We chose 45 shallow open-water marsh wetlands from a list of candidates within the Beaverhills watershed that were identified from 2007 aerial photography (Fig. 1). The wetlands were selected to represent a range of disturbance. Twenty-five were relatively undisturbed, situated in parks or other protected habitat. Fourteen included agricultural activity within 500 m of their open-water boundaries. The remaining six were constructed wetlands (age > 3 years), built to provide storm water storage for the Edmonton urban area. All wetlands ranged between 1 and 11 ha and included an open water zone.
https://static-content.springer.com/image/art%3A10.1007%2Fs10980-012-9784-6/MediaObjects/10980_2012_9784_Fig1_HTML.gif
Fig. 1

Map of the location of our 45 study sites and the Beaverhills watershed. The national and provincial parks indicated include the Elk Island National Park and the Beaverhill-Cooking Lake Recreational Area

IBI

We used two different IBIs to measure biotic integrity in each wetland. The first was based on vegetation community data, the second on wetland-dependent songbird and shorebird community data (hereafter the bird-based IBI). Sampling followed methods outlined in Rooney and Bayley (2012), and occurred during the summers of 2008 and 2009. In brief, vegetation was sampled from six quadrats deployed within the wet meadow zone of each wetland in August, when peak biomass is expected. The percent cover of each species present was recorded with taxonomy following Moss and Packer (1983) and names updated using the Integrated Taxonomic Information System online database (ITIS 2011). Quadrat results were averaged to yield data on a per wetland basis. For wetland-dependent songbirds and shorebirds, sites were visited three times during the breeding season (May–July). Three sites were visited between sunrise and 10:30 a.m. each day, and site order was rotated so that each site was visited once at sunrise, once at the middle period, and once at the latest period of the morning. On each visit, auditory surveys (8 min, 50 m fixed-radius point counts) were carried out at two locations spaced at least 150 m apart. All target bird species detected by sight or sound were recorded. Identifications followed the American Ornithologist’s Union standard (Poole 2005). The two point counts were summed, and the maximum count from the three visits was taken to yield counts on a per wetland basis.

IBI scores were calculated following Wilson and Bayley (2012). From the vegetation community data, we extracted metrics including the FQI score (Miller and Wardrop 2006; Forrest 2010), the relative cover of native perennials, the relative cover of sedge species, and the width of the wet meadow zone. From the wetland-dependent songbird and shorebird community data, we calculated metrics including the richness of temperate migrants, richness of Passeriformes, and the relative abundance of ground nesters, canopy foragers, and omnivores. We measured the Pearson’s correlation between the two IBI scores to evaluate the level of agreement between them, using SYSTAT software (SYSTAT 2007).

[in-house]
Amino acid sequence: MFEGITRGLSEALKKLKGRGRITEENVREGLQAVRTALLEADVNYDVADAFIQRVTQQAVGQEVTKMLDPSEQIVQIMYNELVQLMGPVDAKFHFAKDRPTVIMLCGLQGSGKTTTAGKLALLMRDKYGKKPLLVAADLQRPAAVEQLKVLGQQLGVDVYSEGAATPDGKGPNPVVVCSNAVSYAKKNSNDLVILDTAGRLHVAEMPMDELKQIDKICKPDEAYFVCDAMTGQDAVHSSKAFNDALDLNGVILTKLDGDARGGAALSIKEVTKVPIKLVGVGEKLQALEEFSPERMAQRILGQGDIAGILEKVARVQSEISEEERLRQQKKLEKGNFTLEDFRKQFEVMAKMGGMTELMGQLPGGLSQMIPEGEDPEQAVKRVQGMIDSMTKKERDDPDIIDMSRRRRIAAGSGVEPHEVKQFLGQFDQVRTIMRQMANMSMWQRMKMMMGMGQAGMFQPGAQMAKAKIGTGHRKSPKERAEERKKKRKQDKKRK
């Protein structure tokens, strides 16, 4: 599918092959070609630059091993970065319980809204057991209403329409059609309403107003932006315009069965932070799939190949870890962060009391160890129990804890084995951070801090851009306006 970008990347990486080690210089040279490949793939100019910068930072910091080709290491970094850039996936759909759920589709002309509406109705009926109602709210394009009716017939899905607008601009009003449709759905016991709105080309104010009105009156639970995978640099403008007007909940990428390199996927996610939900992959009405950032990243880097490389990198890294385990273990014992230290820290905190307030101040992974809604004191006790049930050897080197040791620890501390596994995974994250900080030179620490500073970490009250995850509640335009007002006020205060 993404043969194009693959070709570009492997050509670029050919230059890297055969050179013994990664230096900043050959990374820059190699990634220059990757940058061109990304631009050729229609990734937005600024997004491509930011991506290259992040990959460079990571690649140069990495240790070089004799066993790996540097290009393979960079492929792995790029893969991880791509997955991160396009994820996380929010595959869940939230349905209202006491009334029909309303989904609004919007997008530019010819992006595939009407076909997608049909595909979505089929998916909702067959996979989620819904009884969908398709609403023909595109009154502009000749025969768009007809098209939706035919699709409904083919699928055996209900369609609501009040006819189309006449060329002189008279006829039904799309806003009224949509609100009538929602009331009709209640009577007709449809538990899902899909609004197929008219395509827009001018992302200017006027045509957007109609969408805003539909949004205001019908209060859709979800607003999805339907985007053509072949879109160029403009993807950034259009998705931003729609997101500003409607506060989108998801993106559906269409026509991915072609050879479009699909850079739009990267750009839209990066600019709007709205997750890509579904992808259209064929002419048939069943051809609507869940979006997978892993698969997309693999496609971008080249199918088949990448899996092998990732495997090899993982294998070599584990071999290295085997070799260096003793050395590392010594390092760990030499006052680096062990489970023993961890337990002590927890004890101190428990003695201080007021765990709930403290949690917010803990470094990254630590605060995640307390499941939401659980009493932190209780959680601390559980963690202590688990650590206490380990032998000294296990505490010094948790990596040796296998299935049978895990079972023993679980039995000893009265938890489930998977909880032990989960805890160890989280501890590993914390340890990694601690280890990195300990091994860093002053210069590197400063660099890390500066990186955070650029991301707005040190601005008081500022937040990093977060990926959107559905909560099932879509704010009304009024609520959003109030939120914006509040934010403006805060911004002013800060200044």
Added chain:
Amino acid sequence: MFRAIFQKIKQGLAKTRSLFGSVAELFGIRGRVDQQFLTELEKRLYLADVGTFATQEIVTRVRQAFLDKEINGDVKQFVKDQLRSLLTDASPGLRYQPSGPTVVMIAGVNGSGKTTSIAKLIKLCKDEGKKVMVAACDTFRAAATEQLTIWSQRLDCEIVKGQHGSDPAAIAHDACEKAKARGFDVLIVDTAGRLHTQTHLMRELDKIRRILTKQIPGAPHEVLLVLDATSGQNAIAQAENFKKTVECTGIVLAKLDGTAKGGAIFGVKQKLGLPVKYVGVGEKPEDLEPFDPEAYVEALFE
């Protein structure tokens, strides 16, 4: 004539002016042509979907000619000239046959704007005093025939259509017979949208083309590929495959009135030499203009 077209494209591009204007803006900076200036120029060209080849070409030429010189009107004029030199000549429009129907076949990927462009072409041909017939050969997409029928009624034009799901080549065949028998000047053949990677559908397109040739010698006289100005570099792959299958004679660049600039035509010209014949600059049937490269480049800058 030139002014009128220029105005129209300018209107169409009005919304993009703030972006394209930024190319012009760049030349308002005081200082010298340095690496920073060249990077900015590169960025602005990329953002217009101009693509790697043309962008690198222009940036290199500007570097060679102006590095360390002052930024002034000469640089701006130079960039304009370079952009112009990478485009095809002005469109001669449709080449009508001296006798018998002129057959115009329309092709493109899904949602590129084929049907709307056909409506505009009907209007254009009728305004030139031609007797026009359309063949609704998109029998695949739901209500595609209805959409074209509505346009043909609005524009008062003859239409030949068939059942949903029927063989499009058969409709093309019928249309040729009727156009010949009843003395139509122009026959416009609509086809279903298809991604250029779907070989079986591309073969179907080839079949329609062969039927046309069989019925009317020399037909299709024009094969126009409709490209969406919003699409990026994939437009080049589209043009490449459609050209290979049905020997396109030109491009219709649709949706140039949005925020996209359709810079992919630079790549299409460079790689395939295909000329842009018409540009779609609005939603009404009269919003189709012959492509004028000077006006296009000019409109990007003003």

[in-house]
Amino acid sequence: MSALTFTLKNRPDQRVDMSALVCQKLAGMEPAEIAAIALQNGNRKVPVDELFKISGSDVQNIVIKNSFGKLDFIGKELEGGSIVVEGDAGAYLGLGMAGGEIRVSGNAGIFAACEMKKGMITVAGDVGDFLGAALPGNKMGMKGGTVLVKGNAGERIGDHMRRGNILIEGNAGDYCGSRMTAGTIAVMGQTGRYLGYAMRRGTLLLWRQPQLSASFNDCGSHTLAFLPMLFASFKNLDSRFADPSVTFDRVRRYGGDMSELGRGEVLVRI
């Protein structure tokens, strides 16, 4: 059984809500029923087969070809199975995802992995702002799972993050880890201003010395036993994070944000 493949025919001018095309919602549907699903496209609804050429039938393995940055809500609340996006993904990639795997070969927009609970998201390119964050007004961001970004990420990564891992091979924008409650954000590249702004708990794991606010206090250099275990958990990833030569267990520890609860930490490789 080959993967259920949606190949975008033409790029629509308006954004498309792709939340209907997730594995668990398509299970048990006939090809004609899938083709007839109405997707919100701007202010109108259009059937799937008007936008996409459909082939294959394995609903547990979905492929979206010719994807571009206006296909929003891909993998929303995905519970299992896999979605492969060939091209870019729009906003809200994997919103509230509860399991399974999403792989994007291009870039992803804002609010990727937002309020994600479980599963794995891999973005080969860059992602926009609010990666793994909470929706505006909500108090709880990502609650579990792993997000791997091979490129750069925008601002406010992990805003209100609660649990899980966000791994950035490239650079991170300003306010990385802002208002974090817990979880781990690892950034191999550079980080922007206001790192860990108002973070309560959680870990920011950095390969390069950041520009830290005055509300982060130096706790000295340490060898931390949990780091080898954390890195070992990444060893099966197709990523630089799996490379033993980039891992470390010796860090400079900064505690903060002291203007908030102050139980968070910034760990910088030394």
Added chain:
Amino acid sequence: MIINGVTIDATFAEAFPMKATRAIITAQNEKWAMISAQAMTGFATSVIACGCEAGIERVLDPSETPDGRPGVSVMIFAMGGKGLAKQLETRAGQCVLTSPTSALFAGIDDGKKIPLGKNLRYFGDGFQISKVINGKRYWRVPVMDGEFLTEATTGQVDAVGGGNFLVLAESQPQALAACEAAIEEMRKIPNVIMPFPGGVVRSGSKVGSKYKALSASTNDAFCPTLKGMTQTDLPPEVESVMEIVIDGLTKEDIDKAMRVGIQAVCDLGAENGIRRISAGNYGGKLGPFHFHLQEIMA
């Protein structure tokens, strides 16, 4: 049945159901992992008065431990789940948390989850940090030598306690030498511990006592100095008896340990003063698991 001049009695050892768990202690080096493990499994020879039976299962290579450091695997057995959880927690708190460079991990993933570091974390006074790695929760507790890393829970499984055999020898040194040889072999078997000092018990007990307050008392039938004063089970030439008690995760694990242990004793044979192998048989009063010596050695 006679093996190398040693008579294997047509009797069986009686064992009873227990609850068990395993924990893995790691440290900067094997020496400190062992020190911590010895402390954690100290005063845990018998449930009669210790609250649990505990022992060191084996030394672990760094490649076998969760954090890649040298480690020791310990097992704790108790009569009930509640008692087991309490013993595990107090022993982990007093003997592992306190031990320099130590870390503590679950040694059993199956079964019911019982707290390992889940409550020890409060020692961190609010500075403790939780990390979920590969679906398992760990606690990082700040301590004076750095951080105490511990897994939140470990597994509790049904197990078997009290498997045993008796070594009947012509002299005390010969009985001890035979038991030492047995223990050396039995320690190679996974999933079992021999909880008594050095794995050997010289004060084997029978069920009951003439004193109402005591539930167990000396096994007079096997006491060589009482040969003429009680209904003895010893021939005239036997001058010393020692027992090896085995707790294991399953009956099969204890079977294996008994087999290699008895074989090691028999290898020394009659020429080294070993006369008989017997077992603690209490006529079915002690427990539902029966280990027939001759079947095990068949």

Land cover

Satellite imagery was collected on 1 September 2009 and consisted of 2.5 m panchromatic and 10 m multispectral SPOT imagery, which was provided by the Alberta Terrestrial Imaging Centre. We classified the imagery into 16 land cover types using the fuzzy k-means unsupervised classification tool in Geomatica Focus (PCI 2007). Classes were first identified through visual assessment of the SPOT image, Google Earth images, and a 1 m 2009 air photo. Manual editing was performed to reclassify incorrectly classified areas on the map. Significant overlap of land covers was observed in 4 of the 16 classes. Each of these four overlapping classes was masked and an unsupervised classification using six classes was conducted on each. Classes were then classified into land covers using the SPOT image, Google Earth images, and 2009 air photo for validation. The land cover classes were then merged where appropriate (i.e., agriculture with agriculture, etc.) to create a final map with 11 land cover classes with 5 m grid resolution (Supplementary Table S1).

Next, land cover patches were converted to polygons in ArcMap (ESRI 2011) and a series of seven nested buffers were created ranging in radius: 100, 300, 500, 1000, 1500, 2000, and 3000 m. These buffers were generated from the perimeter of the open water of each wetland (i.e., between standing water and emergent vegetation). The area of each land cover class within each buffer was calculated using zonal statistics. Absolute areas were converted to proportional data to standardize among wetlands. Road density was calculated as the sum of the length of all linear road features within each buffer divided by the total buffer area. Road features were taken from the Altalis 1:20,000 base feature road vector layer. The proportion of undisturbed land within each buffer was calculated as the sum of the proportion of grass and forest cover.

Spatial autocorrelation